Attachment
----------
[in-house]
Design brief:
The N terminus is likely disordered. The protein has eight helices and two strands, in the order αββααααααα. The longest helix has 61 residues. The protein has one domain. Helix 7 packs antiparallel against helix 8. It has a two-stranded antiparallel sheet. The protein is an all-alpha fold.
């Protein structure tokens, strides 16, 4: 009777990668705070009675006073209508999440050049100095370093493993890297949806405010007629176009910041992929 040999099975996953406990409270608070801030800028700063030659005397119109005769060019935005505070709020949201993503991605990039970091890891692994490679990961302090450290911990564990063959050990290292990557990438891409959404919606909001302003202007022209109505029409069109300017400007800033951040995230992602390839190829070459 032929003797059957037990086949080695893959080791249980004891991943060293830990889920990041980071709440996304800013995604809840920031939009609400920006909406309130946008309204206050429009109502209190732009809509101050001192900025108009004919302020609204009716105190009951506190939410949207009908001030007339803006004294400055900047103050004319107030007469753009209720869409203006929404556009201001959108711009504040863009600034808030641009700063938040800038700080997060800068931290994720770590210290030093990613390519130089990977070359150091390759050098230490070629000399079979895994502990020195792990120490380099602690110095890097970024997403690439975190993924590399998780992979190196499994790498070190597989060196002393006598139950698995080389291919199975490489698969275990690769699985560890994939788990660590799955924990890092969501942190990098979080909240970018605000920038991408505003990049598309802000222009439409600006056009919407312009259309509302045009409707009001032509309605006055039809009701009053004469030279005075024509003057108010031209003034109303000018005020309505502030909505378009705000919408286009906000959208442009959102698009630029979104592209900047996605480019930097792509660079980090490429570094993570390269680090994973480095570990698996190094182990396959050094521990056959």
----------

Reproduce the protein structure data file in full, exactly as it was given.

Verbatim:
[in-house]
Design brief:
The N terminus is likely disordered. The protein has eight helices and two strands, in the order αββααααααα. The longest helix has 61 residues. The protein has one domain. Helix 7 packs antiparallel against helix 8. It has a two-stranded antiparallel sheet. The protein is an all-alpha fold.
């Protein structure tokens, strides 16, 4: 009777990668705070009675006073209508999440050049100095370093493993890297949806405010007629176009910041992929 040999099975996953406990409270608070801030800028700063030659005397119109005769060019935005505070709020949201993503991605990039970091890891692994490679990961302090450290911990564990063959050990290292990557990438891409959404919606909001302003202007022209109505029409069109300017400007800033951040995230992602390839190829070459 032929003797059957037990086949080695893959080791249980004891991943060293830990889920990041980071709440996304800013995604809840920031939009609400920006909406309130946008309204206050429009109502209190732009809509101050001192900025108009004919302020609204009716105190009951506190939410949207009908001030007339803006004294400055900047103050004319107030007469753009209720869409203006929404556009201001959108711009504040863009600034808030641009700063938040800038700080997060800068931290994720770590210290030093990613390519130089990977070359150091390759050098230490070629000399079979895994502990020195792990120490380099602690110095890097970024997403690439975190993924590399998780992979190196499994790498070190597989060196002393006598139950698995080389291919199975490489698969275990690769699985560890994939788990660590799955924990890092969501942190990098979080909240970018605000920038991408505003990049598309802000222009439409600006056009919407312009259309509302045009409707009001032509309605006055039809009701009053004469030279005075024509003057108010031209003034109303000018005020309505502030909505378009705000919408286009906000959208442009959102698009630029979104592209900047996605480019930097792509660079980090490429570094993570390269680090994973480095570990698996190094182990396959050094521990056959």